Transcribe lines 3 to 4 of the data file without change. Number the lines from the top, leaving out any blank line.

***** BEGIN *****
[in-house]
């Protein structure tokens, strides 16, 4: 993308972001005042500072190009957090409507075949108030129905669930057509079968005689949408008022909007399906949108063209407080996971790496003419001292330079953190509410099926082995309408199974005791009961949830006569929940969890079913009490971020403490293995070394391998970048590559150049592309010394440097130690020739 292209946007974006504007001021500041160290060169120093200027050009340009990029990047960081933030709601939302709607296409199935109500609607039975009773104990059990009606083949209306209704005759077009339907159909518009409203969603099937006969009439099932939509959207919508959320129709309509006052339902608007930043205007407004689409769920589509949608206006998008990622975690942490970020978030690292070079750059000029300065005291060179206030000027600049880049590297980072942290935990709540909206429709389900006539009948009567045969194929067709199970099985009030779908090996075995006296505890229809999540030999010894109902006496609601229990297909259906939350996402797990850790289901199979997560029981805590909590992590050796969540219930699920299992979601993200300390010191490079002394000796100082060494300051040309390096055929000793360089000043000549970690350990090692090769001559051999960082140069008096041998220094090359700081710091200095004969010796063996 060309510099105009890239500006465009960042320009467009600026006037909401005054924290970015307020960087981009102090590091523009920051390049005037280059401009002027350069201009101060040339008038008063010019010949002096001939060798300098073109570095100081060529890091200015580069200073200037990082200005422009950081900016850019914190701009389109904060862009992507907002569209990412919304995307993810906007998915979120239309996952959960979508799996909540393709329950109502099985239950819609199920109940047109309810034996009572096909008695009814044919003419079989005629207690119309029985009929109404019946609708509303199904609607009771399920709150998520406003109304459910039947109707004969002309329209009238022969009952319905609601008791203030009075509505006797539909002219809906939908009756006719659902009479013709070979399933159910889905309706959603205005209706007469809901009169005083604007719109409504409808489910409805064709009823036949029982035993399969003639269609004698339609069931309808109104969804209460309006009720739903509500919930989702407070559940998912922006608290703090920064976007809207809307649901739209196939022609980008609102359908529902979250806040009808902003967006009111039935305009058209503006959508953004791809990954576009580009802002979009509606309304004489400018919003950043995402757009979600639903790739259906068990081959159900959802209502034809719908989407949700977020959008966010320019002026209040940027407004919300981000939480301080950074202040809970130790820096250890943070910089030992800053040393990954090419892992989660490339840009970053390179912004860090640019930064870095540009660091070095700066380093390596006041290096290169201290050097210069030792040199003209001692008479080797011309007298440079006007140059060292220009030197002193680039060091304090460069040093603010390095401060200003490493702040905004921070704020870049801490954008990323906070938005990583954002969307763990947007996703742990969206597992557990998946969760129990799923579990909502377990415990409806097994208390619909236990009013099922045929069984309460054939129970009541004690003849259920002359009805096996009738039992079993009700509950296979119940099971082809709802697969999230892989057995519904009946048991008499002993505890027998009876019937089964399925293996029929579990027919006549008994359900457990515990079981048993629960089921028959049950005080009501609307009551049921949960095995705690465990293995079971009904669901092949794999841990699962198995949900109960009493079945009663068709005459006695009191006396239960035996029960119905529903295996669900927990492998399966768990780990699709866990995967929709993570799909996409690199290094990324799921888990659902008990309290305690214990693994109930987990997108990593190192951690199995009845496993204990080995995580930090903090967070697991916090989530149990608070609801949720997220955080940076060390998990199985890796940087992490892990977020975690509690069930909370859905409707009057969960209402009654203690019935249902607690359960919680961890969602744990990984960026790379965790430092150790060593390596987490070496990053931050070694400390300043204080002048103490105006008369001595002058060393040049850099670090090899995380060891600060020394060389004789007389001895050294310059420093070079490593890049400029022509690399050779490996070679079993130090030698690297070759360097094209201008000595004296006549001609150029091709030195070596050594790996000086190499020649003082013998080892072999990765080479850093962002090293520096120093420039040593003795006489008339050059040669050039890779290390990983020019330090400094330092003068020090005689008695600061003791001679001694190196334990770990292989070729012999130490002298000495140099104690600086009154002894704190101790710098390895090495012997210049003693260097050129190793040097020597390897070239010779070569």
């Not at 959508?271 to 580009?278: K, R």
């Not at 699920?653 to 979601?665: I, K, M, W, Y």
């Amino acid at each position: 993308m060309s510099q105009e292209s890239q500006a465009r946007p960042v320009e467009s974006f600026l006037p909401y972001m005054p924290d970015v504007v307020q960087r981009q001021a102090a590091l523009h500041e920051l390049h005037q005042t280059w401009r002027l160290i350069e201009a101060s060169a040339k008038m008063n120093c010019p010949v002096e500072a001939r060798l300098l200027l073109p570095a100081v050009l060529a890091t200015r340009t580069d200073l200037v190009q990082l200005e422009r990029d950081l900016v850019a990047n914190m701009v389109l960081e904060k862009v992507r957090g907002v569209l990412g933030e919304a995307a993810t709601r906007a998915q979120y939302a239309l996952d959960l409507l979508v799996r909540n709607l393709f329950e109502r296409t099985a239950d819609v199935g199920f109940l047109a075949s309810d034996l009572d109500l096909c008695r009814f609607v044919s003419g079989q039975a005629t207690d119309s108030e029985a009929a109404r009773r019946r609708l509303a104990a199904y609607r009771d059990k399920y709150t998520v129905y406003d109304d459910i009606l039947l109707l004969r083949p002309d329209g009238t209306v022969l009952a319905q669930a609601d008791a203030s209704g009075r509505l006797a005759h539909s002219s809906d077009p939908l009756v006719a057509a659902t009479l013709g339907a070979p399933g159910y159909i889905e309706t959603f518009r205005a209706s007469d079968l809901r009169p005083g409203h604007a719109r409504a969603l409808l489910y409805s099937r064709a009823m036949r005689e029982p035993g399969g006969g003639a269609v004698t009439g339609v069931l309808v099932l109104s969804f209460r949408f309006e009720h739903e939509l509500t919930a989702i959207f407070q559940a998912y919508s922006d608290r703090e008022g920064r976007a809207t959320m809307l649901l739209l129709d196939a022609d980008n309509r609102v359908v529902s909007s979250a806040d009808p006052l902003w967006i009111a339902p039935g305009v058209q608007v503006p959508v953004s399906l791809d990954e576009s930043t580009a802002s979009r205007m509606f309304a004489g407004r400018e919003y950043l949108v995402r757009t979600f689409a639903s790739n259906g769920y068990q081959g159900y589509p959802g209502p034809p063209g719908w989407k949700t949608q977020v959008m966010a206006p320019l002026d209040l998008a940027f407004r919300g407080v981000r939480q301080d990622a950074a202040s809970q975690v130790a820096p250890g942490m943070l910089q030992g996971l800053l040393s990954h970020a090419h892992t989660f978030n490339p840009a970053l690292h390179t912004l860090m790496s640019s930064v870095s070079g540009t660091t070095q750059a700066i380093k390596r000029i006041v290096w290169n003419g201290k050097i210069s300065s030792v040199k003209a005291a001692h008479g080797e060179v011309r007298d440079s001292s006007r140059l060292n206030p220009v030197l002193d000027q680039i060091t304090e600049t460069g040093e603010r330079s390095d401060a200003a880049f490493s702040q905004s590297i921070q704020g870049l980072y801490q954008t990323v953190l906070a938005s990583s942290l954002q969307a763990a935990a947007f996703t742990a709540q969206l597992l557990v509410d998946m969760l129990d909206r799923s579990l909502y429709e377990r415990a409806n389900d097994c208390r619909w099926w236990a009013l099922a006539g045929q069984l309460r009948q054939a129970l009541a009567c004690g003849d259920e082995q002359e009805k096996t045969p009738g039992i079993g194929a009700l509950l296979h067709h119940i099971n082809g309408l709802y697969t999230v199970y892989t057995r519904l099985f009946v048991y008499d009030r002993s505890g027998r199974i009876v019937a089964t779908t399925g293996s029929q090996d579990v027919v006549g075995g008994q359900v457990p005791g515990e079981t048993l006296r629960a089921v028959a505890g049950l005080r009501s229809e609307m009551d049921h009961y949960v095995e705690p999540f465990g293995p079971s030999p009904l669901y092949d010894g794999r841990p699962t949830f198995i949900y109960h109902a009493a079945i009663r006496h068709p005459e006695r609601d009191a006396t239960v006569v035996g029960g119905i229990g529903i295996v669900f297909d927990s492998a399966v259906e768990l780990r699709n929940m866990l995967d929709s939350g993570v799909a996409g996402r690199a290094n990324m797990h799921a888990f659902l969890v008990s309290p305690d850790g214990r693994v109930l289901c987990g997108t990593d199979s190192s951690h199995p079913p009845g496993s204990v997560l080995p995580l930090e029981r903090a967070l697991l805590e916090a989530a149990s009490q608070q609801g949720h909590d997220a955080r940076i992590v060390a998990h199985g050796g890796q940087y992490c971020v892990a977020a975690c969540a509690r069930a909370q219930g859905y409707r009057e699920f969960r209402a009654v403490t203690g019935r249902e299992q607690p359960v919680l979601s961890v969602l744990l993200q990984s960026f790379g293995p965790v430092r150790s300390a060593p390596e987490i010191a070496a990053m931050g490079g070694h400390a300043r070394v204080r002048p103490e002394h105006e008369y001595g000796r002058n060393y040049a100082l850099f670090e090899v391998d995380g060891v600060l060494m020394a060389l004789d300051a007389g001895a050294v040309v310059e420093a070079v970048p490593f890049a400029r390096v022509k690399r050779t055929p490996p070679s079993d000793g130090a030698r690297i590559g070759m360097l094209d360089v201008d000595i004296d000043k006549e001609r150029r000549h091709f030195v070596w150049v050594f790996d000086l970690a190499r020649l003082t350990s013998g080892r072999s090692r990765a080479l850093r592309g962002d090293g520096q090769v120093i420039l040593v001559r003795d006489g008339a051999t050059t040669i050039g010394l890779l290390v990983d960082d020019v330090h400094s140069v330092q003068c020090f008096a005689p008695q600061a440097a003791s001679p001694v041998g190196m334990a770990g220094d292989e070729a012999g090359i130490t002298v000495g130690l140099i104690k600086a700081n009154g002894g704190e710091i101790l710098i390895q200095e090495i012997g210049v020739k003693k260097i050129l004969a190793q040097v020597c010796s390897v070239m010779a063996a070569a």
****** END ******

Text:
């Not at 959508?271 to 580009?278: K, R």
């Not at 699920?653 to 979601?665: I, K, M, W, Y």